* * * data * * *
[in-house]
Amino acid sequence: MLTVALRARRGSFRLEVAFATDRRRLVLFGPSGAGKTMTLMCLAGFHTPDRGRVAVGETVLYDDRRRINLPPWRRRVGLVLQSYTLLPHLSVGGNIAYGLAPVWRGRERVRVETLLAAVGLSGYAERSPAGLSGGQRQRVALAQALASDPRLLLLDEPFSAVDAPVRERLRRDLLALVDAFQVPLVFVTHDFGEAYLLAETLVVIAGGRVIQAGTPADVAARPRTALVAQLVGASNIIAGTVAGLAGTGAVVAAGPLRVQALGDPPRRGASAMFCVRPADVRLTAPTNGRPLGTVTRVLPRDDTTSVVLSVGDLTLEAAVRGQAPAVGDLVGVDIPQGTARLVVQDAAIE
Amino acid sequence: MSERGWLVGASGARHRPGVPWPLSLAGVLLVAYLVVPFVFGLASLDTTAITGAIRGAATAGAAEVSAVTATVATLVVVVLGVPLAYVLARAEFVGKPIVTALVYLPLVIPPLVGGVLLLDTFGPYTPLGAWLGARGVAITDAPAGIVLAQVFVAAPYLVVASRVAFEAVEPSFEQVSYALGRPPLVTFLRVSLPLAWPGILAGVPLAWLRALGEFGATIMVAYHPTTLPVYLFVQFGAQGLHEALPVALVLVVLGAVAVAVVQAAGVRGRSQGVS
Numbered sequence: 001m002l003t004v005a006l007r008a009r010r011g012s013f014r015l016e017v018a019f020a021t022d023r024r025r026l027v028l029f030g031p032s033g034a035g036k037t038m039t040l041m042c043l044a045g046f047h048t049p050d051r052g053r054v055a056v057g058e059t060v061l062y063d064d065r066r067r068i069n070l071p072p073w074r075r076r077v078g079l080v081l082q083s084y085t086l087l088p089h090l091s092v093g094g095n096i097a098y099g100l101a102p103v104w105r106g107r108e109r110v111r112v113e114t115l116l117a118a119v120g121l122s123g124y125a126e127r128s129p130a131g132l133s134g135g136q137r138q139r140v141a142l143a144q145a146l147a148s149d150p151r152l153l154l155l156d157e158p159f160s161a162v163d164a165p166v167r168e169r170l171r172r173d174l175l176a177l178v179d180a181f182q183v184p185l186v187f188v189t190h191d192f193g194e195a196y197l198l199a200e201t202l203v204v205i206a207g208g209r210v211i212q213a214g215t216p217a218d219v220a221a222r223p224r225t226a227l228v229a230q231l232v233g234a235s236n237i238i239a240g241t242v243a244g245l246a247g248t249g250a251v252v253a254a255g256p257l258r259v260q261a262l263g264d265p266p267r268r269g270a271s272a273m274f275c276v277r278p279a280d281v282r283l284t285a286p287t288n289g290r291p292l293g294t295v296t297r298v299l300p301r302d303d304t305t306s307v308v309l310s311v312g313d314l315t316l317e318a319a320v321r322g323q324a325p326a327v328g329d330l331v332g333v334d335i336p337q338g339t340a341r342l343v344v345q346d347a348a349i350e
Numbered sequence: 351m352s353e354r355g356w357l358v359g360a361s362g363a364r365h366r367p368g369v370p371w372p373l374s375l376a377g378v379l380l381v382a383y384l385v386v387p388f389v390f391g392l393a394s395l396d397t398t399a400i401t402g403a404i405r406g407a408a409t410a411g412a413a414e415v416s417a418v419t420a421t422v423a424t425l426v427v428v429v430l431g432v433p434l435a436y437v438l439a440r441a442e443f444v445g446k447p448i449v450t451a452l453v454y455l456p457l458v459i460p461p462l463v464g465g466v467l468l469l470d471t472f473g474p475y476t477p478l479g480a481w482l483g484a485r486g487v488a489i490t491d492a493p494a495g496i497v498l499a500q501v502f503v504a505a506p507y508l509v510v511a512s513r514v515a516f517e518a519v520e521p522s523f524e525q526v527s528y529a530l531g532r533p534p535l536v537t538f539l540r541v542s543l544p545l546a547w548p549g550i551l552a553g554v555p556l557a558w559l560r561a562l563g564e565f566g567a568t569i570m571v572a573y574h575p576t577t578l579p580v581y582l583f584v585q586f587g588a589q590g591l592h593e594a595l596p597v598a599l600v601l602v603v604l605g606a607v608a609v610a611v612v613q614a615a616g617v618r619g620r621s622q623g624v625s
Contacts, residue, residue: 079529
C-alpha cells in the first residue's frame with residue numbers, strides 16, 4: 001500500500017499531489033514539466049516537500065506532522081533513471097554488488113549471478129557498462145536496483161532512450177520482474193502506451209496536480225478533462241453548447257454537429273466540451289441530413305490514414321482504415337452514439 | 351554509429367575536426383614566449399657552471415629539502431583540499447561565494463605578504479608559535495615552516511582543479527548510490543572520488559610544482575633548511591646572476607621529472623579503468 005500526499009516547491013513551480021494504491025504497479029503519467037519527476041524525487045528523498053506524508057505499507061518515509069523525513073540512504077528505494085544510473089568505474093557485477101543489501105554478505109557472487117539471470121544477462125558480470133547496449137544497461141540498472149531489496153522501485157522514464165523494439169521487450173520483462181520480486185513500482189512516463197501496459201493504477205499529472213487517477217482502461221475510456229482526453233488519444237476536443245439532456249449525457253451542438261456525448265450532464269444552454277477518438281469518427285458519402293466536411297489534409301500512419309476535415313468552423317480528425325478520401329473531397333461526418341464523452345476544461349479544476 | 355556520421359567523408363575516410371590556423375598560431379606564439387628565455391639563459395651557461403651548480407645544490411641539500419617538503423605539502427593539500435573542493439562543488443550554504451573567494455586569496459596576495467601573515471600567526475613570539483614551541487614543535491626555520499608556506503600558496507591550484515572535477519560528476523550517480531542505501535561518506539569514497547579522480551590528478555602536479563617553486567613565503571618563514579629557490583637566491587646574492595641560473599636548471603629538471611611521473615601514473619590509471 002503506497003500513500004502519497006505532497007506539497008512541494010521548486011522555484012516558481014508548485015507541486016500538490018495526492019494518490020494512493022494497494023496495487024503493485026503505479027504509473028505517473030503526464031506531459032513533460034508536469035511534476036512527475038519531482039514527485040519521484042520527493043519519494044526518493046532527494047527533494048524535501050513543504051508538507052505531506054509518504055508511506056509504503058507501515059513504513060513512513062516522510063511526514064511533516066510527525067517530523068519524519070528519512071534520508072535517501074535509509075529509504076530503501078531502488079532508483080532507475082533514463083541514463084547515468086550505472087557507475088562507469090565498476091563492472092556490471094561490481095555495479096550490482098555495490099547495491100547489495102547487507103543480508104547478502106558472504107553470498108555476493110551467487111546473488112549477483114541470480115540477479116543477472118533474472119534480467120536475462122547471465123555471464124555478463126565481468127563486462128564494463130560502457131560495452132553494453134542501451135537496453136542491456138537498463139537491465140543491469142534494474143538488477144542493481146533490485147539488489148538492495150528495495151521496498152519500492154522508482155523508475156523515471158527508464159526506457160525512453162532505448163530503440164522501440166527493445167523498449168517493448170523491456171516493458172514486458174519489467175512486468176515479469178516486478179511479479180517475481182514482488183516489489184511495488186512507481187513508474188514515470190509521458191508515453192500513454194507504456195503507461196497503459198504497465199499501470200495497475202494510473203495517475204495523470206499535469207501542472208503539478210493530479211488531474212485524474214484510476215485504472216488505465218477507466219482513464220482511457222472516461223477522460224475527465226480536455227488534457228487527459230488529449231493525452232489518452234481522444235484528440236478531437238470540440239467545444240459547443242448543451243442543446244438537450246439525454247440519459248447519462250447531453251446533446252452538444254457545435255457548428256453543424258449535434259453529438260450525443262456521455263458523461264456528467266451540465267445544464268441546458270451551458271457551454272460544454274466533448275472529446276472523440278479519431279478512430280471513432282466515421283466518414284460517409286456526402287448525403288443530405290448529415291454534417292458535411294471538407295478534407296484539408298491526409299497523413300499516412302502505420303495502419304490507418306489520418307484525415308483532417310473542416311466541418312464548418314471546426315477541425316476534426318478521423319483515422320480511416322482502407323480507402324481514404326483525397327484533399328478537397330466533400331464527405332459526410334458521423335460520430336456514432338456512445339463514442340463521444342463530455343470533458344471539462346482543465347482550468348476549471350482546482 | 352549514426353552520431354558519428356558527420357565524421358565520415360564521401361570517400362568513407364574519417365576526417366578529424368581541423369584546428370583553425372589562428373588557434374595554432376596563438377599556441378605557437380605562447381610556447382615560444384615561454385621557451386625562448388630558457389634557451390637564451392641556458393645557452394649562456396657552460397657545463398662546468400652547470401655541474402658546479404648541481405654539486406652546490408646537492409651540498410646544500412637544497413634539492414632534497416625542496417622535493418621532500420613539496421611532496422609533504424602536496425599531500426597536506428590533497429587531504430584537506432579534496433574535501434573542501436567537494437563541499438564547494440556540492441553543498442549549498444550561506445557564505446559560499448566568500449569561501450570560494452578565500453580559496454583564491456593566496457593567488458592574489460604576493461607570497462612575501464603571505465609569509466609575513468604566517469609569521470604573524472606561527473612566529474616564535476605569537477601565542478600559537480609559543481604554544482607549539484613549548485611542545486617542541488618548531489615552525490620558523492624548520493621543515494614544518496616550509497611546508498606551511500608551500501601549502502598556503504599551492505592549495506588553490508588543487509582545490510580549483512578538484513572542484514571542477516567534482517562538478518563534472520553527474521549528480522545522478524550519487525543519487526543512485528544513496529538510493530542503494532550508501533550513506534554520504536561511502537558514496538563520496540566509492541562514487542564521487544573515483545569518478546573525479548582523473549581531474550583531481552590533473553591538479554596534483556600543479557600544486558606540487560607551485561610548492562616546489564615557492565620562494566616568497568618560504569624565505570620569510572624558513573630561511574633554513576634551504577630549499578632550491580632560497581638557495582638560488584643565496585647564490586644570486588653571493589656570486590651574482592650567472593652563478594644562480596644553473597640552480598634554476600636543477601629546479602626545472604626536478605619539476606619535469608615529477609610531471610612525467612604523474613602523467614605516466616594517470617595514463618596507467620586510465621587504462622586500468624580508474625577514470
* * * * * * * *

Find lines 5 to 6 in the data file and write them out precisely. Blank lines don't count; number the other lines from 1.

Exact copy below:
Numbered sequence: 351m352s353e354r355g356w357l358v359g360a361s362g363a364r365h366r367p368g369v370p371w372p373l374s375l376a377g378v379l380l381v382a383y384l385v386v387p388f389v390f391g392l393a394s395l396d397t398t399a400i401t402g403a404i405r406g407a408a409t410a411g412a413a414e415v416s417a418v419t420a421t422v423a424t425l426v427v428v429v430l431g432v433p434l435a436y437v438l439a440r441a442e443f444v445g446k447p448i449v450t451a452l453v454y455l456p457l458v459i460p461p462l463v464g465g466v467l468l469l470d471t472f473g474p475y476t477p478l479g480a481w482l483g484a485r486g487v488a489i490t491d492a493p494a495g496i497v498l499a500q501v502f503v504a505a506p507y508l509v510v511a512s513r514v515a516f517e518a519v520e521p522s523f524e525q526v527s528y529a530l531g532r533p534p535l536v537t538f539l540r541v542s543l544p545l546a547w548p549g550i551l552a553g554v555p556l557a558w559l560r561a562l563g564e565f566g567a568t569i570m571v572a573y574h575p576t577t578l579p580v581y582l583f584v585q586f587g588a589q590g591l592h593e594a595l596p597v598a599l600v601l602v603v604l605g606a607v608a609v610a611v612v613q614a615a616g617v618r619g620r621s622q623g624v625s
Contacts, residue, residue: 079529